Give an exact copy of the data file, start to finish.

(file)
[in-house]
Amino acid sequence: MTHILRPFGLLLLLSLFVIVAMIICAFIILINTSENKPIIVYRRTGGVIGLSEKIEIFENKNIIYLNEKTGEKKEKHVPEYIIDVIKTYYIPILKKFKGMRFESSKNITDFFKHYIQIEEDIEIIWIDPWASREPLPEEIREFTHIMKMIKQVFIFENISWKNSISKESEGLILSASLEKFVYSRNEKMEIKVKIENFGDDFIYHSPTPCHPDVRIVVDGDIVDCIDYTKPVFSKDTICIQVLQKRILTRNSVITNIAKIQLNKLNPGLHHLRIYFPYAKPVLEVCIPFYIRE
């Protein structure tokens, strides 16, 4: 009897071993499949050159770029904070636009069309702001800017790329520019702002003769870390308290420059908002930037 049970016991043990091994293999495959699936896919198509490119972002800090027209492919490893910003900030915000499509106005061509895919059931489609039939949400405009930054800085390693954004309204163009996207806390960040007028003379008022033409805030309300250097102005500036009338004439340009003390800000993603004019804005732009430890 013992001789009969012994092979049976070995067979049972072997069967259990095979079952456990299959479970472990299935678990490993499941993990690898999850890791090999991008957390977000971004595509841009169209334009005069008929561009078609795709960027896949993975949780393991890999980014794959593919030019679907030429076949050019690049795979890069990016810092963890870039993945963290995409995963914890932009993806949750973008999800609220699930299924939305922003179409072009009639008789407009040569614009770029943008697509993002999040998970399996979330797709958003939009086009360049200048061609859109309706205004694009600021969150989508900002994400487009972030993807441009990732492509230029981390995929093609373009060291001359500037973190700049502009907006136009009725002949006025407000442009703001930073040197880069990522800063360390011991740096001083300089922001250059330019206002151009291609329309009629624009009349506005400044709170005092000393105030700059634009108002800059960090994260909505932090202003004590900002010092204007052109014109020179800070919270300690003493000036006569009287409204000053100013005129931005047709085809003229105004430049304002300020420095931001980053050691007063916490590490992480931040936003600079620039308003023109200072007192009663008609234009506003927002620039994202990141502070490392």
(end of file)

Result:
[in-house]
Amino acid sequence: MTHILRPFGLLLLLSLFVIVAMIICAFIILINTSENKPIIVYRRTGGVIGLSEKIEIFENKNIIYLNEKTGEKKEKHVPEYIIDVIKTYYIPILKKFKGMRFESSKNITDFFKHYIQIEEDIEIIWIDPWASREPLPEEIREFTHIMKMIKQVFIFENISWKNSISKESEGLILSASLEKFVYSRNEKMEIKVKIENFGDDFIYHSPTPCHPDVRIVVDGDIVDCIDYTKPVFSKDTICIQVLQKRILTRNSVITNIAKIQLNKLNPGLHHLRIYFPYAKPVLEVCIPFYIRE
């Protein structure tokens, strides 16, 4: 009897071993499949050159770029904070636009069309702001800017790329520019702002003769870390308290420059908002930037 049970016991043990091994293999495959699936896919198509490119972002800090027209492919490893910003900030915000499509106005061509895919059931489609039939949400405009930054800085390693954004309204163009996207806390960040007028003379008022033409805030309300250097102005500036009338004439340009003390800000993603004019804005732009430890 013992001789009969012994092979049976070995067979049972072997069967259990095979079952456990299959479970472990299935678990490993499941993990690898999850890791090999991008957390977000971004595509841009169209334009005069008929561009078609795709960027896949993975949780393991890999980014794959593919030019679907030429076949050019690049795979890069990016810092963890870039993945963290995409995963914890932009993806949750973008999800609220699930299924939305922003179409072009009639008789407009040569614009770029943008697509993002999040998970399996979330797709958003939009086009360049200048061609859109309706205004694009600021969150989508900002994400487009972030993807441009990732492509230029981390995929093609373009060291001359500037973190700049502009907006136009009725002949006025407000442009703001930073040197880069990522800063360390011991740096001083300089922001250059330019206002151009291609329309009629624009009349506005400044709170005092000393105030700059634009108002800059960090994260909505932090202003004590900002010092204007052109014109020179800070919270300690003493000036006569009287409204000053100013005129931005047709085809003229105004430049304002300020420095931001980053050691007063916490590490992480931040936003600079620039308003023109200072007192009663008609234009506003927002620039994202990141502070490392």